Contruction Phase One - Pouring the Pads
One way to look at the construction of most any sort of building is that you're working to create a roof, and need some way to hold that roof up there. In the city, the most common way to do that is to use 2x4 lumber to build a perimeter wall that sits on a perimeter foundation and holds the roof up. In the country, the most common structure type is called a "pole barn." That's a building in which the roof is held up by poles, although instead of actual round poles, the most commonly used "poles" are treated six by six beams. In our case, the poles at each corner of the platform are 6x6 beams, with 4x6 beams used as additional supports along the north and south side. The twelve foot deep and sixteen foot wide platform is supported by two rows of poles ten feet apart. It's a cantilevered design in that the platform extends beyond the support poles by 30 inches on each side. One reason for going with that design is that it looks really neat and castle like. Another reason is that this design will allow us to create a "tunnel of death" behind the gate. When the attackers force their way through the gate, they find themselves in a twelve foot long tunnel running under the platform. In order to take the castle, they not only have to get through the gate, but then they have to fight their way through the bottleneck behind the gate. In a pole barn, the weight of the roof is supported by this perimeter of poles, and in turn, that weight has to be transfered to the earth. If the poles were just stuck into the ground, the weight of the roof would tend to force the poles into the ground the way you could push the blunt end of a pencil into an apple. While it's easy enough to push a pencil into an apple, it's not so easy to push your finger into the apple. The reason is that the end of your finger covers about four times as much area as does the blunt end of a pencil, and therefore your finger applys only one fourth the pressure. That's why the first step in building any pole barn structure is to dig a series of holes some eighteen inches in diameter and some thirty inches deep. The second step is to mix up some concrete and pour six inch pads into the bottom of those holes. The math is fairly straight forward. The actual surface area of the butt of a 6x6 pole is about thirty square inches, whereas the surface area of that concrete pad is more than 250 square inches, an eightfold increase in the load that pole can bear without sinking into the ground. There are two reasons for going down at least thirty inches deep. When the water in the soil freezes, it expands and creates an effect called "frost heave." This truly is one of the elemental forces in nature; it can easily crack a boulder or a foundation, no problem. By digging down below the level which is subject to winter freezing we insure that our foundation pads won't be distrubed, and we also get down to a more compacted (i.e. able to bear a greater load) level since frost heave is one of the key forces that stirs up and loosens the top soil. It's the force that makes it seem as though a cleared field will grow a new crop of rocks each winter, and it's why the surface of especially wet areas are almost paved with rocks. Here at Windward you can generally follow the underground movement of water by following the trail of surface rocks thrown up by frost heave.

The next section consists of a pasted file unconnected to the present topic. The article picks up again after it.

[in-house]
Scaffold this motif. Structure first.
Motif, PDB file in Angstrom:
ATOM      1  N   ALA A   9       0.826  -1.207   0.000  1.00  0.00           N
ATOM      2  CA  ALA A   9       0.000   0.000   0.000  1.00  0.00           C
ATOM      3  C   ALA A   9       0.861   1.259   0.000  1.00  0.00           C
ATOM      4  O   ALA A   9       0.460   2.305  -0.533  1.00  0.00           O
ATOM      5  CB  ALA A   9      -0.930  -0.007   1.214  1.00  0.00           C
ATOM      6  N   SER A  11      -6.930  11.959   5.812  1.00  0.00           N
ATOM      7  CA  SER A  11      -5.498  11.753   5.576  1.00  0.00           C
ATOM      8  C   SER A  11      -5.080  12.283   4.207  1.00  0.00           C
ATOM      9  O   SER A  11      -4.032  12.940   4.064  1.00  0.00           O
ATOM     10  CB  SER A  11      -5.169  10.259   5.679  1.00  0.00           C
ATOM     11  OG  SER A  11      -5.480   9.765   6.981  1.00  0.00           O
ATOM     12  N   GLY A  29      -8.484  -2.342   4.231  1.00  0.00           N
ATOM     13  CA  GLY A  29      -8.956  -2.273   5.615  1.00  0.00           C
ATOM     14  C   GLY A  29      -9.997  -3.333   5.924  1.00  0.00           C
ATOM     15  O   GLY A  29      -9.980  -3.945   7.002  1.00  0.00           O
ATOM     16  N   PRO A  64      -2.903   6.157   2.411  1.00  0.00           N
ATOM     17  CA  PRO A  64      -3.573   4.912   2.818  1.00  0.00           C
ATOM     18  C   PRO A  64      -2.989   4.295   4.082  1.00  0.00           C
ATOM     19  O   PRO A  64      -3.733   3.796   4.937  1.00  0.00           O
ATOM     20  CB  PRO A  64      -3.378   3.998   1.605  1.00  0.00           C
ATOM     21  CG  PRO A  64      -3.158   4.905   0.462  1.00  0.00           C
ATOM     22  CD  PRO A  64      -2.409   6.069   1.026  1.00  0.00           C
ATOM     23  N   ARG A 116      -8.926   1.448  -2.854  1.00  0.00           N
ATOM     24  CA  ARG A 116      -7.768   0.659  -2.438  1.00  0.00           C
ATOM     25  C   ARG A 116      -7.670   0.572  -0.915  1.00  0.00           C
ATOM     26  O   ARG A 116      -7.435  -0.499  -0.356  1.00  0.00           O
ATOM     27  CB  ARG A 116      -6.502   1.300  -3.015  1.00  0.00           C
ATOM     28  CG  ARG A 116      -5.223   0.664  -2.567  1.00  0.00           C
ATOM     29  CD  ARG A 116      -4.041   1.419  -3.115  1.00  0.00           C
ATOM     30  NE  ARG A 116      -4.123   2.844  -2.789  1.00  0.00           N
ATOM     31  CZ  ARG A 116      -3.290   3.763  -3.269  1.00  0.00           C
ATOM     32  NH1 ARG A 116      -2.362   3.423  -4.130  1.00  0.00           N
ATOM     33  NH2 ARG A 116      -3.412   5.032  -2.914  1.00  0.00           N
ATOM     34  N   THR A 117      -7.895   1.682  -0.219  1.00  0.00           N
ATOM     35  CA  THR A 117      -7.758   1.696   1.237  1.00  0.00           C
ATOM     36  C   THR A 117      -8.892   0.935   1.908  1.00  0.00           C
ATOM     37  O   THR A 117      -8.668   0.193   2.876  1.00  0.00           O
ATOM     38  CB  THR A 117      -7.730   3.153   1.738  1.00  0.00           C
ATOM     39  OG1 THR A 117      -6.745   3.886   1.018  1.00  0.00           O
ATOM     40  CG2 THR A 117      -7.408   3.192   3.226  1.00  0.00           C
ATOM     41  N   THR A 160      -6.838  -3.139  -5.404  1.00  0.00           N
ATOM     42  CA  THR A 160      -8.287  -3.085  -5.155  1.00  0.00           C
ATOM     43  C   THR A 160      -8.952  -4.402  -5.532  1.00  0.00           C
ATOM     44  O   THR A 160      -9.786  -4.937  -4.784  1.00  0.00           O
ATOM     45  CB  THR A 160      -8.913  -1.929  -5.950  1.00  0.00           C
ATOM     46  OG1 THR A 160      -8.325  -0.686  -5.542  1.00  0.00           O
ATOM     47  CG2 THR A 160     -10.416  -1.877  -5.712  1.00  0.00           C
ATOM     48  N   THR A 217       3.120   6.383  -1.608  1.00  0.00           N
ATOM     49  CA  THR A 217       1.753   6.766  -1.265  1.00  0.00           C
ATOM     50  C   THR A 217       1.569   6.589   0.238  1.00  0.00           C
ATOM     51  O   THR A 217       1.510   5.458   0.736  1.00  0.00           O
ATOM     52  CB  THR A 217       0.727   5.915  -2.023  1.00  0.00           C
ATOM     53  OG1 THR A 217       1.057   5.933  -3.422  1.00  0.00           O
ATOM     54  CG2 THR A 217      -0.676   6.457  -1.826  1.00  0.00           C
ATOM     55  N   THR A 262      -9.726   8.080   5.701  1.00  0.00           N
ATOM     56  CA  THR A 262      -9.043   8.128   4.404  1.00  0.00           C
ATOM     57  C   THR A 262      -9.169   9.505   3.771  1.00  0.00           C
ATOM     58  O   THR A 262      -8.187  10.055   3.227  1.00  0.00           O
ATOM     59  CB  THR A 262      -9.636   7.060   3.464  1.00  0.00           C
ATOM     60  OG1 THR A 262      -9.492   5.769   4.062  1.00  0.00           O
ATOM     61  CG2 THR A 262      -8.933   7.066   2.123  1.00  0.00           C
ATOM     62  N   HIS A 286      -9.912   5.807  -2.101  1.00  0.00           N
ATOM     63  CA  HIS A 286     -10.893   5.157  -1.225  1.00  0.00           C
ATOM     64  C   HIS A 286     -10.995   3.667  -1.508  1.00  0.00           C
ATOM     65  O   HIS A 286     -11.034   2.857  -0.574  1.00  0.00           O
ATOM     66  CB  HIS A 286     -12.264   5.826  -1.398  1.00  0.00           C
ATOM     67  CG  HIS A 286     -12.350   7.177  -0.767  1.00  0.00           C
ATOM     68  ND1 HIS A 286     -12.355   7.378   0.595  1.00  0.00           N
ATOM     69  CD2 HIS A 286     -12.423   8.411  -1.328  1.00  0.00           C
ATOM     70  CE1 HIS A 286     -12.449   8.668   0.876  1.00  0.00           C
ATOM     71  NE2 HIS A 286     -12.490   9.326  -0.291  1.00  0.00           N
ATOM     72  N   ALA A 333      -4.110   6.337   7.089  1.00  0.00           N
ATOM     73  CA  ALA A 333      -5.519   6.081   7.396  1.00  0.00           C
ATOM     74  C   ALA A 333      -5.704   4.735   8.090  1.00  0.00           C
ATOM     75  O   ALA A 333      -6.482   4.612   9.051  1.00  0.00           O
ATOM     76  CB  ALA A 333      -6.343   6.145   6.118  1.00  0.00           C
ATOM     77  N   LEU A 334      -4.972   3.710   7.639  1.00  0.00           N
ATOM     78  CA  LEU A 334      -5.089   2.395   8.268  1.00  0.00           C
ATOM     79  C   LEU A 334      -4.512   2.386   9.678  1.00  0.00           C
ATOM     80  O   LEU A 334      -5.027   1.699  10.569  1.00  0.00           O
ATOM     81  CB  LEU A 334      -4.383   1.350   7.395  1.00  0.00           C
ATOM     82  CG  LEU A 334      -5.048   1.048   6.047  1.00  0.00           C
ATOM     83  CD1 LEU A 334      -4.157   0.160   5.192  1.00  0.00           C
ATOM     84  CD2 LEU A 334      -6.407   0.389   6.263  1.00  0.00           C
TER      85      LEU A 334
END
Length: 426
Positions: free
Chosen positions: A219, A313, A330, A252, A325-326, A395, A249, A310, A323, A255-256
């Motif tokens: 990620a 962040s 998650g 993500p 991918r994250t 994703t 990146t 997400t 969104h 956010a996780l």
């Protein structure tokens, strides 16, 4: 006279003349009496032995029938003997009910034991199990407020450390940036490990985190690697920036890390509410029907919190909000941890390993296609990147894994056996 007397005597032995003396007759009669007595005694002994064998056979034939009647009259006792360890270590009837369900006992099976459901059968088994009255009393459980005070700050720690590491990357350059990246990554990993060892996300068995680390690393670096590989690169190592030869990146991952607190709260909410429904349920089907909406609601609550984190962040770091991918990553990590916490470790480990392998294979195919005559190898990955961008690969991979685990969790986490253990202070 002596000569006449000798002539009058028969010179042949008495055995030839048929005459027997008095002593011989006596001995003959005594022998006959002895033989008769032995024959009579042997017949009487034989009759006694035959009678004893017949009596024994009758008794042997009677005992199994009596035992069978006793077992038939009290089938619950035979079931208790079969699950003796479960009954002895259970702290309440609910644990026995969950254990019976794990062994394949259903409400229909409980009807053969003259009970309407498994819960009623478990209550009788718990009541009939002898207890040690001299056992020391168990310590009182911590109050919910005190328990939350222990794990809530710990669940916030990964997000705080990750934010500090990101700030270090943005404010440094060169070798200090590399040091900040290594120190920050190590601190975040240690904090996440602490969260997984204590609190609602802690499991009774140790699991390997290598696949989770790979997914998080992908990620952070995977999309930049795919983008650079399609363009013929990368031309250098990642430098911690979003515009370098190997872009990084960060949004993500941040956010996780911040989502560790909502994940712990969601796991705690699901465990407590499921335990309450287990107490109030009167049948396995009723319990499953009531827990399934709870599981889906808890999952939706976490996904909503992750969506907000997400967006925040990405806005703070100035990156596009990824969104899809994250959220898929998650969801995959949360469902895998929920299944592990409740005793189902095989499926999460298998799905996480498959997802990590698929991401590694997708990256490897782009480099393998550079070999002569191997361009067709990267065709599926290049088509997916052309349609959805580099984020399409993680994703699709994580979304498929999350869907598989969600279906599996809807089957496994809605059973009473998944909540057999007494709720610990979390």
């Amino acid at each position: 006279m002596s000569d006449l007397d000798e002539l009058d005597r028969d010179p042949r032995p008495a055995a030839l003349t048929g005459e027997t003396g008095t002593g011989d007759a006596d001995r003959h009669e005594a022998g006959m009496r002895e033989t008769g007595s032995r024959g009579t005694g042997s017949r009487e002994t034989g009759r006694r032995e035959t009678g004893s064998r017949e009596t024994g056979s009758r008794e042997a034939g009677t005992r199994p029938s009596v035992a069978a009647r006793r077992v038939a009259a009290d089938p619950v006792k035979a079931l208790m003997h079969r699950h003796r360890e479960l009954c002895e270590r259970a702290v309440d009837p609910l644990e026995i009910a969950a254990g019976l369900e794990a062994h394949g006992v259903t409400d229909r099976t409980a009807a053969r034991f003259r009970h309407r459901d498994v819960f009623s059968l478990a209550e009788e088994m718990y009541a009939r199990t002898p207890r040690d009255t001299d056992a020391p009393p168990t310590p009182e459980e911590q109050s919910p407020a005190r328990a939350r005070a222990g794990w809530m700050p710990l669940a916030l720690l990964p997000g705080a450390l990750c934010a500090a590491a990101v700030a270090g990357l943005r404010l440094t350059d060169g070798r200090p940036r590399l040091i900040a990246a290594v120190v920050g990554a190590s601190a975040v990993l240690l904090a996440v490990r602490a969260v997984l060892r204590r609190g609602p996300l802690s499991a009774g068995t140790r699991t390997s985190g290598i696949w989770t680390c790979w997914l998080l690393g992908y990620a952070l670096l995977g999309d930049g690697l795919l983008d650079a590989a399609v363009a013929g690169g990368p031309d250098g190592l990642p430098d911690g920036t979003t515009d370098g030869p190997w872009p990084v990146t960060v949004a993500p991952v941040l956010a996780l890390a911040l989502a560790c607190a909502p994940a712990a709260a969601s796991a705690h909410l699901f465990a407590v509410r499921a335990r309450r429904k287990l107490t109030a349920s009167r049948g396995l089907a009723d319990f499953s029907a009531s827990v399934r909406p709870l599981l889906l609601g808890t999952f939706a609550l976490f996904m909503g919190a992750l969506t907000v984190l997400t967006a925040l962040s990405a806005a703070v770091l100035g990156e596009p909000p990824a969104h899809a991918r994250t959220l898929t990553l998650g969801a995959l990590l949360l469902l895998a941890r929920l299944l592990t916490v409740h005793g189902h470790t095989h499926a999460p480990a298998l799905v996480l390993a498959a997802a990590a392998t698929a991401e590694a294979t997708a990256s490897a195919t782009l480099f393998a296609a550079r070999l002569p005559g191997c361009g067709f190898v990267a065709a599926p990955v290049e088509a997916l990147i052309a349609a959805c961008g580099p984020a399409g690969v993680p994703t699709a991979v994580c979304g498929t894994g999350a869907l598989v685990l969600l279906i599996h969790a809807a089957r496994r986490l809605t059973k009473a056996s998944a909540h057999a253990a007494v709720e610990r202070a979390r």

The true frost depth here is somewhere between twelve and eighteen inches. We did down even further to give the poles an increased lateral stability. For example, the holes for the poles on our hay barn go down more than 40 inches, but going that deep in this case would be overkill, especially given the stability provided by the gate and wing sections of the castle wall. After the poles are hoisted vertical, inched around into their exact locations, and a web of bracing in applied, the dirt will be packed back into the holes to support and secure them. Here too, water will be used to settle and compact the earth as the holes are filled in some six inches at a time over a few days.
For projects such as this, we mix our own cement by hand in a wheelbarrow. The mix we use is five gallons of rock, three gallons of sand and a gallon and a half of portland cement with water to suit. When we're pouring concrete in contact with the ground, we tend to go a bit on the wet side. Once there's enough concrete in the hole, a few jiggles with the mixing hoe to level the concrete, and we're done. Now that the pads for phase one are done, it's time to start raising the poles and setting them in place, something which is a bit tricky when you're talking about twenty foot long 6x6 beams.